NVMe, or Non-Volatile Memory Express, is a new controller used to replace AHCI, or Advance Host Controller Interface. AHCI is the controller that Hard Drives traditionally use to interface between the SATA bus of a Hard Drive and the computer it is connected to. AHCI as a controller also provides a bottleneck to SSDs in the form of latency the same way the SATA bus provides a bandwidth bottleneck to an SSD. The AHCI controller was never intended for use with SSDs, where the NVMe controller was built specifically with SSDs only in mind. NVMe promises lower latency by operating with higher efficiency, working with Solid State’s parallelization abilities by being able to run more than two thousand times more commands to or from the drive than compared to a drive on the AHCI controller. To get the optimal performance out of an NVMe drive, make sure it uses PCIe (Peripheral Component Interconnect Express) as a bus which alleviates all the bottlenecks that would come with using SATA as a bus.

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If the latest and greatest speeds and efficiencies that come with an NVMe SSD is a must have, then there’s a couple things to keep in mind. First, make sure the computer receiving the drive has the M.2 connector type for that type of drive. Most consumer NVMe drives only support the M.2 “M” key (5 pins), which is the M.2 physical edge connector. SATA based SSDs use the “B” key (6 pins) but there are some connectors that feature “B + M” which can accept both a SATA and NVMe drive. Second, the computer needs to be compatible with supporting and booting to an NVMe drive. Many older computers and operating systems may not support booting to or even recognize an NVMe drive due to how new it is. Third, expect to pay a premium. The PCIe NVMe drives are the newest and greatest of the SSD consumer market, so cutting edge is top price. And finally, make sure an NVMe drive fits the usage case scenario. The performance improvement will only be seen with large read/writes to and from the drive or large amounts of small read/writes. Computers will boot faster, files will transfer and search faster, programs will boot faster, but it won’t make a Facebook page load any faster.

In conclusion, SSDs are quickly becoming ubiquitous in the computing world and for good reason. Their prices are plummeting, their speeds are unmatched, they’re smaller fitting into thinner systems, and they’re far less likely to fail, especially after a drop or shake of the device. If you have an old computer with slow loading times in need of a performance boost, a great speed-augmenting solution is to buy a SATA SSD. But if being cutting edge and speed is what is what you’re looking for, nothing that beats a PCIe NVMe M.2 drive.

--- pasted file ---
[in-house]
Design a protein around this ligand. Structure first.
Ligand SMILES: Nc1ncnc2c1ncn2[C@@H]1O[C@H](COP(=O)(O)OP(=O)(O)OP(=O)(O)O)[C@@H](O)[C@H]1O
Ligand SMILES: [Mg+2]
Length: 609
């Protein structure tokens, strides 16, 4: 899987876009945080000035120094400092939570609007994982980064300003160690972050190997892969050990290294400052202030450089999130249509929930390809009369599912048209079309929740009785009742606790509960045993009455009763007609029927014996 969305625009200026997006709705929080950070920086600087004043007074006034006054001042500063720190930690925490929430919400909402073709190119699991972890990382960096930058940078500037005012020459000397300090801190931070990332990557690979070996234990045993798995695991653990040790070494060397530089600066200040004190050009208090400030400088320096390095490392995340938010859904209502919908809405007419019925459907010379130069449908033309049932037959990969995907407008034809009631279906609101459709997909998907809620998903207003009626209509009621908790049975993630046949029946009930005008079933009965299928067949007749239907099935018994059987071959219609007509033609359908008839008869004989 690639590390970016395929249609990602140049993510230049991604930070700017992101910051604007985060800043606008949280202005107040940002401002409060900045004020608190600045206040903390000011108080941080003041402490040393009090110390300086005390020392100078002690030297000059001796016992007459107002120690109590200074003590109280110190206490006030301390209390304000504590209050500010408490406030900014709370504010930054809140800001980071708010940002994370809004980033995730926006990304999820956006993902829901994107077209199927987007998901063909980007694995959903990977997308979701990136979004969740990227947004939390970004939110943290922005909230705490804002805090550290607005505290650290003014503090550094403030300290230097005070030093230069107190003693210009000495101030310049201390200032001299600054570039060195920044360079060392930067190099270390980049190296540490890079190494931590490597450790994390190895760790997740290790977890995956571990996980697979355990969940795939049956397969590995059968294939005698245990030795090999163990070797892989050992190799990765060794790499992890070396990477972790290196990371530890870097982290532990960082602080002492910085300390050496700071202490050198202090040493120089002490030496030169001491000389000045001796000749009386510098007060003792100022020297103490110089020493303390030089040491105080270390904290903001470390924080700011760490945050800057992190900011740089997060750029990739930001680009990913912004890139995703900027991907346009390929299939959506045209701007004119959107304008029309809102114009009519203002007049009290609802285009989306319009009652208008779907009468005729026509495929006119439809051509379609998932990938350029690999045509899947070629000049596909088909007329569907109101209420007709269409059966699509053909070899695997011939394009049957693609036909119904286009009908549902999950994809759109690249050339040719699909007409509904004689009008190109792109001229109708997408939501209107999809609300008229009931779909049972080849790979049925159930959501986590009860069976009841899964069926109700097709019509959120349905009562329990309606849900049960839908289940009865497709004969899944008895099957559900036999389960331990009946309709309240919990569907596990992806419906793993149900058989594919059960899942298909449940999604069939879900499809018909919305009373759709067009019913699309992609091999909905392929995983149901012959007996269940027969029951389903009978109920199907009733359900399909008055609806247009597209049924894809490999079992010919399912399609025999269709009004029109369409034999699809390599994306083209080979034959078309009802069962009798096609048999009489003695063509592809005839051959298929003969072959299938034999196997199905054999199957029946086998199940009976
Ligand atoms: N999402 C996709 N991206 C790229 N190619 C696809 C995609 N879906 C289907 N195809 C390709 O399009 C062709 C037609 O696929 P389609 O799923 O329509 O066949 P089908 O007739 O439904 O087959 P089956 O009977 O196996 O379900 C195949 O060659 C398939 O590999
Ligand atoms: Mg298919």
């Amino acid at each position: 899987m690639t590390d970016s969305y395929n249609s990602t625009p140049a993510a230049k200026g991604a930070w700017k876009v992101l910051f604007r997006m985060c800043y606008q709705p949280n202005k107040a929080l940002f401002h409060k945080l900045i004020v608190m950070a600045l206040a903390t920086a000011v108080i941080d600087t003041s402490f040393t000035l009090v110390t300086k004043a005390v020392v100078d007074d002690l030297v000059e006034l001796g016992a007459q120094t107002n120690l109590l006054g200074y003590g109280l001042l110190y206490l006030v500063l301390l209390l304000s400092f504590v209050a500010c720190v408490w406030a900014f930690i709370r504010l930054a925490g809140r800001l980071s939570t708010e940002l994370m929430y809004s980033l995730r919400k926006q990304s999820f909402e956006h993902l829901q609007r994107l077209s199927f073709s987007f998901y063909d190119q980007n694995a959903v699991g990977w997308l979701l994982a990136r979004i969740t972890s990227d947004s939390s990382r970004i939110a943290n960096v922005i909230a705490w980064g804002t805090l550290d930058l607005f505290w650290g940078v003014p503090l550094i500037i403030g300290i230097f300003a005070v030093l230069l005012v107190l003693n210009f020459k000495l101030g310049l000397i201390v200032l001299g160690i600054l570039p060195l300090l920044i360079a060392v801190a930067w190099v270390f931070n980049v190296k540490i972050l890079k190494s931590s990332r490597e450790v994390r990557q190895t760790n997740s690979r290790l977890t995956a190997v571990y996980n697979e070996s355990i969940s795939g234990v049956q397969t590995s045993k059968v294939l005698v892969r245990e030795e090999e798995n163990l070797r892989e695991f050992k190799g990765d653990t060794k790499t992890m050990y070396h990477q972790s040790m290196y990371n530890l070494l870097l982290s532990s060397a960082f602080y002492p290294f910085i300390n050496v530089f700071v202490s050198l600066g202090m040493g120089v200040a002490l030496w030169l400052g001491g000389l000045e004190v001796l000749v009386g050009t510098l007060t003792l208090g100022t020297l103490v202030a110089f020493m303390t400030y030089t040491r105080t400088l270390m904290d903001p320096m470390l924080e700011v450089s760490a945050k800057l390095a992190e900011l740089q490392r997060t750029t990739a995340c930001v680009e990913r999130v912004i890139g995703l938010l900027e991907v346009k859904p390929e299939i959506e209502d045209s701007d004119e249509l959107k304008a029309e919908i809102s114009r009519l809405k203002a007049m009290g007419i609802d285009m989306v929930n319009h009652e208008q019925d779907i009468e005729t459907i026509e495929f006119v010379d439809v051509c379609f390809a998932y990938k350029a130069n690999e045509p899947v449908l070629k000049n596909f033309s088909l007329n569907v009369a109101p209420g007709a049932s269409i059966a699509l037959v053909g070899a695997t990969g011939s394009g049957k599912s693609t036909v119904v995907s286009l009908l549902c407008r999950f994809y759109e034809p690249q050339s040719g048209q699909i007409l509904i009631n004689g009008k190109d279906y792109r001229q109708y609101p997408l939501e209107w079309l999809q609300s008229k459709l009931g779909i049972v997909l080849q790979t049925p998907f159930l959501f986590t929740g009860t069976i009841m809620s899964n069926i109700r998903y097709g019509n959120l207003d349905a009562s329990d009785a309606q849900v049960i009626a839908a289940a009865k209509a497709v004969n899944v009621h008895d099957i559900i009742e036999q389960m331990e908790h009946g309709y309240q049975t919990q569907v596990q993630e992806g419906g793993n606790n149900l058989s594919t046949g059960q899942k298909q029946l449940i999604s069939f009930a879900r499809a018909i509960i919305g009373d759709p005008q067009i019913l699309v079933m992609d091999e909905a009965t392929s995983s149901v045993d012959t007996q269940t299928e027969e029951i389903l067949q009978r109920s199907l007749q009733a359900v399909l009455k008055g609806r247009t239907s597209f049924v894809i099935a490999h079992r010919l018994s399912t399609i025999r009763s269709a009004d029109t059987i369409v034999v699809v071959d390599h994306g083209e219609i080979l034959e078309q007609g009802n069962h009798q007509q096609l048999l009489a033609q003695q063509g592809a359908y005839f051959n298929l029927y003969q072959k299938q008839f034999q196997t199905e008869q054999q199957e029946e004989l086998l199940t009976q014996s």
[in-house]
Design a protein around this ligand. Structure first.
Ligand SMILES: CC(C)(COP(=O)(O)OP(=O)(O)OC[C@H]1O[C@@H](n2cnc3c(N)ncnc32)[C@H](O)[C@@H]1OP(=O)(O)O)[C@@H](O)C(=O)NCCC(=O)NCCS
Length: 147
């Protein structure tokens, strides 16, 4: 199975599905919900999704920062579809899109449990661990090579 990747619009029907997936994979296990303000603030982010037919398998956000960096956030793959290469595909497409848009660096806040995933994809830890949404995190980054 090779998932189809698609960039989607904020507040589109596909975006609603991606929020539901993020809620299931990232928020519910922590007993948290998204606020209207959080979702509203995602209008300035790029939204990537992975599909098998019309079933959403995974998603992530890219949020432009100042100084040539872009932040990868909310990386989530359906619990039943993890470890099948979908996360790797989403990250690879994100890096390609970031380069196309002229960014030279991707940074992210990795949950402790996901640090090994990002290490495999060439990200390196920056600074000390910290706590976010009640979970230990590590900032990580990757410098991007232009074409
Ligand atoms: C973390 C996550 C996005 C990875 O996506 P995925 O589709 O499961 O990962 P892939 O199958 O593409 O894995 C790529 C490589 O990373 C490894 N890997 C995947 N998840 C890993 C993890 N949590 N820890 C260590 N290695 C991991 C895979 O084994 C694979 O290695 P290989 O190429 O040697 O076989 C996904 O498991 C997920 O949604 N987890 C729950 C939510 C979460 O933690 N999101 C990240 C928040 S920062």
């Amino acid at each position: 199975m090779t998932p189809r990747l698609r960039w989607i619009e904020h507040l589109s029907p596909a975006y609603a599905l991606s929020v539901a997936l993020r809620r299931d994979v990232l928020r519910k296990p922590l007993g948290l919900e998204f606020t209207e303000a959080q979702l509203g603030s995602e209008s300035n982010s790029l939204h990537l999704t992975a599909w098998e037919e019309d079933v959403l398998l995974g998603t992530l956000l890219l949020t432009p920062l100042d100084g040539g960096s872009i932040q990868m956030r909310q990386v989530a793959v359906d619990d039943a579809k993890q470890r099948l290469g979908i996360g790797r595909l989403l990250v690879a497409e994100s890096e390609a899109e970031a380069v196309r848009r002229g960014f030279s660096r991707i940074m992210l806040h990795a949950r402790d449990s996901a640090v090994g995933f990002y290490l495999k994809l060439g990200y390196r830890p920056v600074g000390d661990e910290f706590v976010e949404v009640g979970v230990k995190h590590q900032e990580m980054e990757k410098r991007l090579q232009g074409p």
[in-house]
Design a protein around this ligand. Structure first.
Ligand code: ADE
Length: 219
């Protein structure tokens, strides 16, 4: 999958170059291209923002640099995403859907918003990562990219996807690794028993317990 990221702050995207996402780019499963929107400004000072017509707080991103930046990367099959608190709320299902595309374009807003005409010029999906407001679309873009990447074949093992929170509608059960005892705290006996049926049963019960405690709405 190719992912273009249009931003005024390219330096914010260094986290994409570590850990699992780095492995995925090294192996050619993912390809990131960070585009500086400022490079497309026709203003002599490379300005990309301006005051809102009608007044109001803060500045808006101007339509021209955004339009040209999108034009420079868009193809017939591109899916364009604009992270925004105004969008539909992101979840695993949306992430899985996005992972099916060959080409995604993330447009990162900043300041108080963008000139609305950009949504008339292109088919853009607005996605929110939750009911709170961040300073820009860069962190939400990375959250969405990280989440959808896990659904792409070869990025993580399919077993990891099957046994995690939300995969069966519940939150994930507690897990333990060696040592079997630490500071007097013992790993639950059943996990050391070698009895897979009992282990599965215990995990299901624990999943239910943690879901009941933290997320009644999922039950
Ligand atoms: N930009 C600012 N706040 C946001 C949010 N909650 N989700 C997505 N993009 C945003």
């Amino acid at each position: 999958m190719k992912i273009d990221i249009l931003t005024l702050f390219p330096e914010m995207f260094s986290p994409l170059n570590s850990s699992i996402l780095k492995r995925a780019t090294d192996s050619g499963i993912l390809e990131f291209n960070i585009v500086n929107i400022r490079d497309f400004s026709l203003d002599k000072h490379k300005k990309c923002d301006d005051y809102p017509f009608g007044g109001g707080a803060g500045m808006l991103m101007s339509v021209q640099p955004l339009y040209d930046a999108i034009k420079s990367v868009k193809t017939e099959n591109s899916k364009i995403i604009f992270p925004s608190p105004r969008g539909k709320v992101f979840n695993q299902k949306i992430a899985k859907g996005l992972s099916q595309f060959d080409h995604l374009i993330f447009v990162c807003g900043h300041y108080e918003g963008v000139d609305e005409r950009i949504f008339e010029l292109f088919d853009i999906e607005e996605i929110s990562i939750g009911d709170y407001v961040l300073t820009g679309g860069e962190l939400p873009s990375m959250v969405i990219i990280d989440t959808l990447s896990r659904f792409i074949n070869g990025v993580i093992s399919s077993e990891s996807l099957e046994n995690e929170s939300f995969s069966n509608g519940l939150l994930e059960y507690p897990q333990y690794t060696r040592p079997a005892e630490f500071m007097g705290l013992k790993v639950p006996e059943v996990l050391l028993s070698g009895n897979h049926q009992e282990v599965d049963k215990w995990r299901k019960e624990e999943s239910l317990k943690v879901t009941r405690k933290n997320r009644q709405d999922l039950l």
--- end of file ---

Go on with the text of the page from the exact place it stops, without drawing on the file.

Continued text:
Replacing Your Hard Drive

What Is Your Hard Drive?

One of the key pieces of hardware inside your computer is the hard drive. You may have also heard it called the hard disk or sometimes (incorrectly), the memory.

If you imagine your computer as a human body, your hard drive could be described as the long-term memory of the body. It is where data gets permanently stored for later use.

There are two types of hard drives that you will see frequently, standard hard drives (HDD) and solid state drives (SSD). The traditional hard drive is much more common and uses a magnetic arm to write data along a series of spinning disks. Solid-state drives use a series of interconnected flash memory chips to store data. We will get into why you would chose one over the other later in this article.

Why Would You Replace It?

Your (standard) hard drive is one of the few moving parts inside your computer (the others usually being your cooling fans and your CD drive). Because of this, standard hard drives are often one of the first parts to fail in a computer, and tend to do so after 3-5 years.

Oftentimes computer issues such as slowness or failure to boot are caused by an older hard drive beginning to fail.

What Replacement Hard Drive Should I Buy?

The Hard Drive that you should buy to replace your failing one depends on the way you use your computer. There are several factors to take into account.

The first important factor is size. Ask yourself: how much space do you use on your hard drive? Though HDDs range from just a few gigabytes to several terabytes (1 TB = 1024 GB), the most common sizes currently are 500GB and 1TB. If you use your computer to simply browse the Internet and do basic schoolwork, 500GB will be more than enough for you. However, if you use your computer to store large amounts of media files, or if you play many video games, you should buy a 1TB hard drive.

The second question that you should ask yourself is whether you want an SSD or an HDD. SSDs offer many distinct advantages over a traditional hard drive. They are significantly faster, and tend to be more durable than traditional drives, as they have no moving parts. Replacing a traditional hard drive with an SSD is one of the simplest ways to speed up your computer. Unfortunately SSDs are much more expensive than HDDs for the same amount of space. A 500GB HDD often costs close to the price of a 128GB SSD.

One way to overcome the cost issue presented by SSDs is to install more than one hard drive. In many cases, it makes sense to install a small SSD, which would host your operating system and your most frequently used programs, and to use an HDD for most of your data and media.

How Do I Replace It?

On Windows PCs, especially desktops, hard Drives are often relatively simple to replace. Guides can be found on Youtube, as well as at https://www.ifixit.com/Device/PC .

Alternatively, you can come to the IT User Services Help Center, located in the LGRC low rise. We can take a hard drive you bring us (or we can sell you one of our own), and we can replace it for a small service fee (usually about $50).